26 April 2024

Why Holy Land tour operators are exploring faith from a different angle

Tours of Ephesus in Turkiye.
Faith tour operators are exploring options such as Turkiye. Picture: iStock

Jenan Taylor

19 February 2024

Faith tour operators are exploring alternative destinations and itineraries as the Israel-Gaza crisis continues to keep the Holy Land out of reach for pilgrims.

Australian-based operators are offering experiences that allow people to learn about belief traditions outside the Holy Land, including tours to Indigenous Christian communities, that feed people’s faith.

It comes as the Australian government’s official travel advisory warned against travel to Gaza, and asked people to reconsider their need to travel to Israel.

The Council of Australian Tour Operators said many businesses had suspended tours to Israel, the prevalent destination for Christian pilgrims, despite still reeling from pandemic shut downs.  

Faith-based agencies Selah Australia and Harvest Journeys said they wouldn’t provide tours to Israel and Palestine as long the war continued.

Selah Australia founder and managing director Lisa Tarzia said the organisation’s focus was on Biblical discipleship, which would be hard to achieve during an active war.

Read more: Melbourne pilgrims to walk, pray for peace in Gaza as Lent begins

She said Selah Australia lost 90 per cent of its business because of the crisis, and refunded customers more than $700,000.

A surge in holy travel after the COVID pandemic made the overnight decision to stop tours to Israel and Palestine even more traumatic, Ms Tarzia said.

But she said she believed in giving people holiday opportunities where their faith could be fuelled and fed. That was a major reason the agency was focussing on diversifying its offerings.

Ms Tarzia said it had always run other Biblical itineraries, including journeys that followed in the footsteps of St Paul in Greece and Türkiye, and was now preparing to do them in different ways.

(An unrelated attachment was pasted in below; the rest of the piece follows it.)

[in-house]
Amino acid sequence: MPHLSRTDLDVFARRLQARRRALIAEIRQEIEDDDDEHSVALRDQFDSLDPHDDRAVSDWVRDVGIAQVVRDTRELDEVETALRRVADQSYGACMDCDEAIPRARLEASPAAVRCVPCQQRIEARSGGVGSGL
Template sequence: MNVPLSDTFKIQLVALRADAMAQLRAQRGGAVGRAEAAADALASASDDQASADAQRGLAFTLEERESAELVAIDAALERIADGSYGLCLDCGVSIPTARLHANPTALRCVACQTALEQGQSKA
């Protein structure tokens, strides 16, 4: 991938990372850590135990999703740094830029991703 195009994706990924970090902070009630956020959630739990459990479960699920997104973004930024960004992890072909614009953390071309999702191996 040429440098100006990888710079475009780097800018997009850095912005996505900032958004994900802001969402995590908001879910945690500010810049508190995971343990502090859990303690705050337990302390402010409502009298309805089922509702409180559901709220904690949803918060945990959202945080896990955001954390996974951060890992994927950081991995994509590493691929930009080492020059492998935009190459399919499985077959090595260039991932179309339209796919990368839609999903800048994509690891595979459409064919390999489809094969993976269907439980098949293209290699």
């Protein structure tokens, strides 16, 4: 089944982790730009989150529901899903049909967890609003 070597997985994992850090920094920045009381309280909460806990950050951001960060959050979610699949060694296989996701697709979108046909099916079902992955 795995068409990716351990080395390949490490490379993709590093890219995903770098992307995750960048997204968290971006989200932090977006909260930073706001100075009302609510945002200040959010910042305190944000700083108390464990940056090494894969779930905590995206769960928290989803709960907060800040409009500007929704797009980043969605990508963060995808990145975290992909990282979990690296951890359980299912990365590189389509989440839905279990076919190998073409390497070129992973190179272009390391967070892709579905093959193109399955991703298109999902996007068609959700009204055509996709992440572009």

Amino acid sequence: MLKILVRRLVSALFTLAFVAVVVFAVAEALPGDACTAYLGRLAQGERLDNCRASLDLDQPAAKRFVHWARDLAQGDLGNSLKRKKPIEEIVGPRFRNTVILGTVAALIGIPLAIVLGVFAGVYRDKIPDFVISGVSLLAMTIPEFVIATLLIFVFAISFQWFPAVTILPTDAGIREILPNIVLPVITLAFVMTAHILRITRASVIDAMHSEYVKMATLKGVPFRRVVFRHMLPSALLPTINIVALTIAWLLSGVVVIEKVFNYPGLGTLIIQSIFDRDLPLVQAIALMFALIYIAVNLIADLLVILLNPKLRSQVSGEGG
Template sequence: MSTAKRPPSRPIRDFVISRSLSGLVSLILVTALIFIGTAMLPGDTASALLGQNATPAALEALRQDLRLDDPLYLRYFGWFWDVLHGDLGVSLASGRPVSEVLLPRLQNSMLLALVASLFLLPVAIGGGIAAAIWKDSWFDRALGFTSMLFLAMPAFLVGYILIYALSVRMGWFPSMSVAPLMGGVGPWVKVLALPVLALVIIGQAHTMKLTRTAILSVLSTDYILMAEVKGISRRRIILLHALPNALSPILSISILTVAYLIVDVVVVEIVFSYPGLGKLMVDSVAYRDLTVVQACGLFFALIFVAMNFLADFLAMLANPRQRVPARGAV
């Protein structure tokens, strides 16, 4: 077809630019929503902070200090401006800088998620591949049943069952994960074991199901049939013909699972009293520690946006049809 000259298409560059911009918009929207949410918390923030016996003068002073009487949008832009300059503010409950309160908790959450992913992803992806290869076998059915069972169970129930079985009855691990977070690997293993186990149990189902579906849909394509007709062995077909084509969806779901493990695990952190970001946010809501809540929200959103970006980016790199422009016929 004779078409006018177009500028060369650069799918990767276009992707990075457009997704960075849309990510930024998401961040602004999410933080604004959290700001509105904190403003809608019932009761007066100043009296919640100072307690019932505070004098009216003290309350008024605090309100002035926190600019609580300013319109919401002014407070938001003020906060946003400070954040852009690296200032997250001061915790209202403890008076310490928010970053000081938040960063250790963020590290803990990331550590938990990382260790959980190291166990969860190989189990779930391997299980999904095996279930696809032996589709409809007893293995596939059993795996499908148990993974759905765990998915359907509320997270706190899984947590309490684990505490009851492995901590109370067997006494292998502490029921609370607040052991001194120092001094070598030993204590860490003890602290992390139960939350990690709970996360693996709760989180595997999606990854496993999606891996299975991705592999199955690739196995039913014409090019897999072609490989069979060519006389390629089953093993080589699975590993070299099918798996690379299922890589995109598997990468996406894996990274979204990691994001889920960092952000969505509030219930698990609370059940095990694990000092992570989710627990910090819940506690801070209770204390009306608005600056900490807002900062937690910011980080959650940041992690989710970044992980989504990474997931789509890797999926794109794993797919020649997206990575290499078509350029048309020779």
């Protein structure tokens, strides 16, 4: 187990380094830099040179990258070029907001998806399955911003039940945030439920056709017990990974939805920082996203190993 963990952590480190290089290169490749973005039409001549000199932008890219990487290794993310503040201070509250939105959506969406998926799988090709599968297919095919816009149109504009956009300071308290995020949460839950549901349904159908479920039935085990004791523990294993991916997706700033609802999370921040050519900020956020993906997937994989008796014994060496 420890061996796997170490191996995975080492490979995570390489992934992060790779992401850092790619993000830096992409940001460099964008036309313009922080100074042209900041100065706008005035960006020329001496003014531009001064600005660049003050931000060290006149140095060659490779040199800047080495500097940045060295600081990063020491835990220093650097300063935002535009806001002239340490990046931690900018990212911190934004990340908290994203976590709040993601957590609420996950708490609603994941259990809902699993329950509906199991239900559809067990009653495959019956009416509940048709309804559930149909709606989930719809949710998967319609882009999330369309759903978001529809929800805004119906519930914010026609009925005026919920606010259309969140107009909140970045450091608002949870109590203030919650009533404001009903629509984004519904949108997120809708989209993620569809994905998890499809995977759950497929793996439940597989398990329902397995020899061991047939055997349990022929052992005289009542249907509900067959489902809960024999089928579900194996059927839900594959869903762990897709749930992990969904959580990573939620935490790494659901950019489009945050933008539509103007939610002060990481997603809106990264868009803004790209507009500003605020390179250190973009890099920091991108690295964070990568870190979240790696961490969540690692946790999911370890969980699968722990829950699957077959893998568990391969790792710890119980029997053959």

She said the agency was considering tours that looked at the heroic and not-so-heroic figures of Christian history in the region, and was considering tours to places such as Armenia and Ethiopia.

Harvest Journeys chief executive officer Selina Hasham said cancelling Holy Land tours was a massive blow for the agency, and for the industry in Israel and Palestine, particularly after the post-COVID sacred travel surge.

Read more: Indigenous spirituality gathering aims to help Christians echo truth and love

Run in an immersive style, which included having people sail Galilee in a traditional vessel as they listened to Scripture, they strengthened many travellers’ understanding of the gospel readings.

She said Harvest Journeys was now applying those immersion tours to itineraries in Türkiye, and holy sites in parts of Europe, England and Ireland.

Ms Hasham said the experience of trying to upkeep an international pilgrimage travel organisation during COVID led it to look for emerging opportunities within Australia, such as giving travellers a chance to learn about Indigenous Christianity.

Melbourne diocese Bishop Dr Lindsay Urwin said he was preparing to lead tours that were focussed on how faith itself worked, on behalf of an operator.

Dr Urwin said it was important for people to explore the origins of belief and see that there was holy land beyond the region now in crisis.

Read more: Sacred walks are booming. Could they help churches reach more people?

He said the tours would trace faith from long before Christianity in southern Türkiye, and areas around the Silk Road, and the effects of history and geography on it.

“It will look at the Abrahamic religions and the notion of Abraham as the father. It seems to be so important at this moment in particular, and provides an opportunity to look at faith from a different angle,” Dr Urwin said.

“And it will give people an opportunity to travel up to a part of the world, which actually is not as usual as the Holy Land.”

To speak further with Bishop Urwin about his upcoming tour, email lindsayurwin1@gmail.com.

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